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Thucydides&Rationalism 2005.pdf

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what does Bury mean, precisely, when he makes the claim that Thucydides was "unprejudiced
by authority and tradition"? Clearly, he means that Thucydides did not 'buy into' the mythopoetic
Weltbild of his peers or predecessors, and that in this respect his writings are completely
different from –and for historiographical purposes, far more significant than—the writings of a
Homer or a Hesiod or even a Herodotus, which are replete with elements of a mythopoetic
nature. Given this type of first proposition, Bury then argues quite logically that the historian
Thucydides not only and in fact successfully separated himself from his culture's irrational
(poetic? mythic?) paradigm, but that in so doing, he also laid the foundation for a new, rationalist
tradition of reading and interpreting the world of past-time.
From this second premise one correctly anticipates that Bury (Ibid., 75-76) will [trans]-pose the
historical Thucydides into the category of the modern rationalist thinker, contending that,
"[Thucydides] came to be at home in the "modern" way of thinking, which analyzed politics and
ethics, and applied logic to everything in the world." Effenterre (1993, 22-23) argues similarly in
his 'short history' of Thucydides: "Nous sommes de plain-pied avec son univers intellectuel... (...)
Il a ainsi construit une image de la guerre qui...s'impose au lecteur avec une parfaite cohérence,
dans une totale rationalité." Ste. Croix (1992, 31-32), however, even though he generally adheres
to the same position concerning Thucydides, criticizes a rationalizing argumentii relative to the
Athenian historian, where the author “makes some useful points against the exaggerated
[rationalist] claims of Cochrane, Weidauer, and others [...], but is himself guilty of indefensible
exaggeration of the views he attacks--as when...he actually accuses his opponents of trying to
persuade us that Thucydides saw the great Plague of Athens as "a thing subject to rational human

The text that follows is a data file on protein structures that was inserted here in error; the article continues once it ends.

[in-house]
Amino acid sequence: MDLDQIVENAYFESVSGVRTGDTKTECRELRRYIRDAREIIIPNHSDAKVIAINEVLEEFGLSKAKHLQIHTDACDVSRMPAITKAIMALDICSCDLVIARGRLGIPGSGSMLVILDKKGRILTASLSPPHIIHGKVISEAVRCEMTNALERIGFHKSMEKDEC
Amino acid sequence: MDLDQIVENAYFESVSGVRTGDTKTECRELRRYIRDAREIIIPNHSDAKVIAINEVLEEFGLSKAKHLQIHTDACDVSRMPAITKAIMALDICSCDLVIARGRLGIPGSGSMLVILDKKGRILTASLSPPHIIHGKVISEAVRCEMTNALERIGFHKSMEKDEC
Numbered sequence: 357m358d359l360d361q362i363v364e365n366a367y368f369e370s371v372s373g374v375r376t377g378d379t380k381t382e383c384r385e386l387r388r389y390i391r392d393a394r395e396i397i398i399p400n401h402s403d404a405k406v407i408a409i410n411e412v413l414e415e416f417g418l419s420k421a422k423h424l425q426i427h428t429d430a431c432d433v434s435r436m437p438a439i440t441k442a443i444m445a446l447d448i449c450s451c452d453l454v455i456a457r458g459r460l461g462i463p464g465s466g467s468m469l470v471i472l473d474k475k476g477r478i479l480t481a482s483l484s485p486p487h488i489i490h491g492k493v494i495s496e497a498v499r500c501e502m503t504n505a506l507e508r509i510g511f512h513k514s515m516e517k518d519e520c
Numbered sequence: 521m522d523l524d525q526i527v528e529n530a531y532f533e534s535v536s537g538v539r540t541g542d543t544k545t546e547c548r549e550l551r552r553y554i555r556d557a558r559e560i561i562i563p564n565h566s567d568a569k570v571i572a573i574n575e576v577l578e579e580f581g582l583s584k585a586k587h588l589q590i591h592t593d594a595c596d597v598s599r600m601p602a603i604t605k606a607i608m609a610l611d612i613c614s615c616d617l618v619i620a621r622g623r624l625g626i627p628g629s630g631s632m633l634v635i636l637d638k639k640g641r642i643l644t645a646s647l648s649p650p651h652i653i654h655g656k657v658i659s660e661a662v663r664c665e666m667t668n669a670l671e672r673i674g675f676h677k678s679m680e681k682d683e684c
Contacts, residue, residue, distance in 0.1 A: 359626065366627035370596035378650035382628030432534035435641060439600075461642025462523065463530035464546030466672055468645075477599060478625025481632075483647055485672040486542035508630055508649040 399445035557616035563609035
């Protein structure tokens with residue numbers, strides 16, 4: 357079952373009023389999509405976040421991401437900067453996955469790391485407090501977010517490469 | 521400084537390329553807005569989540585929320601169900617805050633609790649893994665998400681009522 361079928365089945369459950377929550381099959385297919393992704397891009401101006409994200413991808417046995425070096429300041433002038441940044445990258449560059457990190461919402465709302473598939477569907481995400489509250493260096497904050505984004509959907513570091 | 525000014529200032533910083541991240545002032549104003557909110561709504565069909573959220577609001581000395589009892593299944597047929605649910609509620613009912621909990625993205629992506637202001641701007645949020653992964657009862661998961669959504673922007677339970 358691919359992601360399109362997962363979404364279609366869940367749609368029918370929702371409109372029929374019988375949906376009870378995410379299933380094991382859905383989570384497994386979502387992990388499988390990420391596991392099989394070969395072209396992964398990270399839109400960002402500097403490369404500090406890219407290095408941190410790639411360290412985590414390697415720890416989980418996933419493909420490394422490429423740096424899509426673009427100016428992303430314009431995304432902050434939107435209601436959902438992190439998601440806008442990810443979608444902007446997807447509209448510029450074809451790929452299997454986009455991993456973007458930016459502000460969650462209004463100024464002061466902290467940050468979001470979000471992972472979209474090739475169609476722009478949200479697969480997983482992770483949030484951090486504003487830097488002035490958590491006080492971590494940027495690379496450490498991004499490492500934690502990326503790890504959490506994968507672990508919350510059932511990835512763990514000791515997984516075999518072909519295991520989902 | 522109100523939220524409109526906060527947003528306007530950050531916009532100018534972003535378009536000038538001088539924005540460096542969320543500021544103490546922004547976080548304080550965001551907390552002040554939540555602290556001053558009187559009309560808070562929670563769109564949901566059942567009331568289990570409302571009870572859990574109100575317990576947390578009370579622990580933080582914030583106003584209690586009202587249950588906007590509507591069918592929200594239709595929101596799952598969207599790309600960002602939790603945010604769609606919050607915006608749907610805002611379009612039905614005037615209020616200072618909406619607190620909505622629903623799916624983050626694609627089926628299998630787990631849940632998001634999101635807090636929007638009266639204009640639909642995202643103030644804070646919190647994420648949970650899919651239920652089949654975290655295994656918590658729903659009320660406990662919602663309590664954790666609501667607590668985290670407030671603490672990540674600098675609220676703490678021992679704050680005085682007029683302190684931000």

Bury's argument, which adequately characterizes the modern approach to the reconstruction of
the historical past, serves in fact as a model of rationalism with all its strengths and weaknesses.
The focus of this paper, of course, is only on one particular weakness in the rationalist paradigm
of History. Namely: that Thucydides did not write a rationalist History, and that even a
perfunctory reading of his writings plainly reveals that neither the authorities nor the traditions
nor any of the other historical source materials used by Thucydides were entirely 'rational' either
in content, in form, or in nature. Nor were these used and handled by Thucydides in a fashion
that was to come to typify later rationalist treatment of historical documentation. It remains
therefore to be established in precisely what way Thucydides' treatment of his source materials
was specifically rational, or even suggestive of a less mythopoetic reading of the past; for such
readings of received texts are not anodyne. They become inseparably fused with the meaning of
those texts for the generations who follow.iii As Lamberton (Ibid., 298; cf. Aron, 1964, 50) also
aptly points out in his analysis of Bloom, 'readings' commonly if not inevitably give rise to
"strong misreadings," which are subsequently handed down in "our cultural heritage." This
seems to be simply another axiomatic given of History, because: "[on peut] penser que certains
faits sont plus importants que d'autres, mais cette importance elle-même dépend entièrement des
critères choisis par chaque historien et n'a pas de grandeur absolue."iv
To argue that Thucydides "came to be at home in the 'modern' way of thinking...and applied
logic to everything in the world", is certainly an unfortunate choice of words on Bury's part. The
language indisputably reveals a deliberate intent to interpret the existential past wholly according
to the arbitrarily narrow and rationally intractable standard of the logically possible (and thus
rationally acceptable) event. Yet in reality, the composition of Logical History is nothing more
than "a systematic [...] philosophical exercise in the...rationalization of existential experiences of
the world."v Even more significantly, the logically acceptable Paradigm of events re-created by
the hermeneutical authors of Logical History inevitably stands in contrast to historically

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